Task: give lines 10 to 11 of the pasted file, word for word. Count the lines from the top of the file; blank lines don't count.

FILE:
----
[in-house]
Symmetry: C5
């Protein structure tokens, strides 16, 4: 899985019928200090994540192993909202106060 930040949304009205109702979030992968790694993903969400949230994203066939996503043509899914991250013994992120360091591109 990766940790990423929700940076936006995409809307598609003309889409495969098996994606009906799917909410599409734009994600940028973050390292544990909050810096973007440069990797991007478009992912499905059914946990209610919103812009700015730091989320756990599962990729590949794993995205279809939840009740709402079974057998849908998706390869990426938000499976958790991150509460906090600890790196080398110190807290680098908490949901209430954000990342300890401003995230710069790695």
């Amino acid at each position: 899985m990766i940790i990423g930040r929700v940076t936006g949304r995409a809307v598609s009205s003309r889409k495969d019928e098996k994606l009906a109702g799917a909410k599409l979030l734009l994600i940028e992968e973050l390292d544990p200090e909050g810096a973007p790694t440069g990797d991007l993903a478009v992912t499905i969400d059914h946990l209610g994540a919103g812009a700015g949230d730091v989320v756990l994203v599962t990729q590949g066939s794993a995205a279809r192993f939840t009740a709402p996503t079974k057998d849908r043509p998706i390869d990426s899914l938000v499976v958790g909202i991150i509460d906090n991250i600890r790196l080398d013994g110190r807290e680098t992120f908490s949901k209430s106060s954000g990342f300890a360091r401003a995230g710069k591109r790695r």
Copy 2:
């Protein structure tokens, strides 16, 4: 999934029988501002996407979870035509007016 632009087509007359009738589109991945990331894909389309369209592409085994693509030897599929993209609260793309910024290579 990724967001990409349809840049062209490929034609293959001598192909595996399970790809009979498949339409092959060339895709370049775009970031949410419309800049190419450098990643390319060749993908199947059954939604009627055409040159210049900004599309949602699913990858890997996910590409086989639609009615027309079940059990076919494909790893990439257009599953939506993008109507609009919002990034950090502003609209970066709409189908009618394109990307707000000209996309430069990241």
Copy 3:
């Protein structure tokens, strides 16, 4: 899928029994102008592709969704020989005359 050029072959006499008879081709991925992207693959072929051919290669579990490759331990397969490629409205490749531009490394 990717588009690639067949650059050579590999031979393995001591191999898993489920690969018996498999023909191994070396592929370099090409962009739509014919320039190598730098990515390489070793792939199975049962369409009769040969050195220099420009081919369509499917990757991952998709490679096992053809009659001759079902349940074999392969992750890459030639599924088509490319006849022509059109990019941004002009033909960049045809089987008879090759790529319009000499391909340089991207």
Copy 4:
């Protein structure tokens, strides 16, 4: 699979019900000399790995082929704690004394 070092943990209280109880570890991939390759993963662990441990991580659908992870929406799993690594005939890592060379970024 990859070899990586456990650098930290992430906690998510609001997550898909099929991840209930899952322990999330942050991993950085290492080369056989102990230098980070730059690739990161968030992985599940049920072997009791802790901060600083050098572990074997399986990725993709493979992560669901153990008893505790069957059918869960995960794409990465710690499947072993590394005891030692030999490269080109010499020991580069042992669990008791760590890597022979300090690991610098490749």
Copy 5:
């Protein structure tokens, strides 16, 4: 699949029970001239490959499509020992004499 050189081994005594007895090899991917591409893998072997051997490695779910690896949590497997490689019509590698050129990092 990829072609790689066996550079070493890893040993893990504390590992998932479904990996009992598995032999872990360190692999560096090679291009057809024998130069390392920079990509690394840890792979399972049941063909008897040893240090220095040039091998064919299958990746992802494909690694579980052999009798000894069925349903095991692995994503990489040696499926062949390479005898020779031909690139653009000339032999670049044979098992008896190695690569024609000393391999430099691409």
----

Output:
């Protein structure tokens, strides 16, 4: 699979019900000399790995082929704690004394 070092943990209280109880570890991939390759993963662990441990991580659908992870929406799993690594005939890592060379970024 990859070899990586456990650098930290992430906690998510609001997550898909099929991840209930899952322990999330942050991993950085290492080369056989102990230098980070730059690739990161968030992985599940049920072997009791802790901060600083050098572990074997399986990725993709493979992560669901153990008893505790069957059918869960995960794409990465710690499947072993590394005891030692030999490269080109010499020991580069042992669990008791760590890597022979300090690991610098490749």
Copy 5: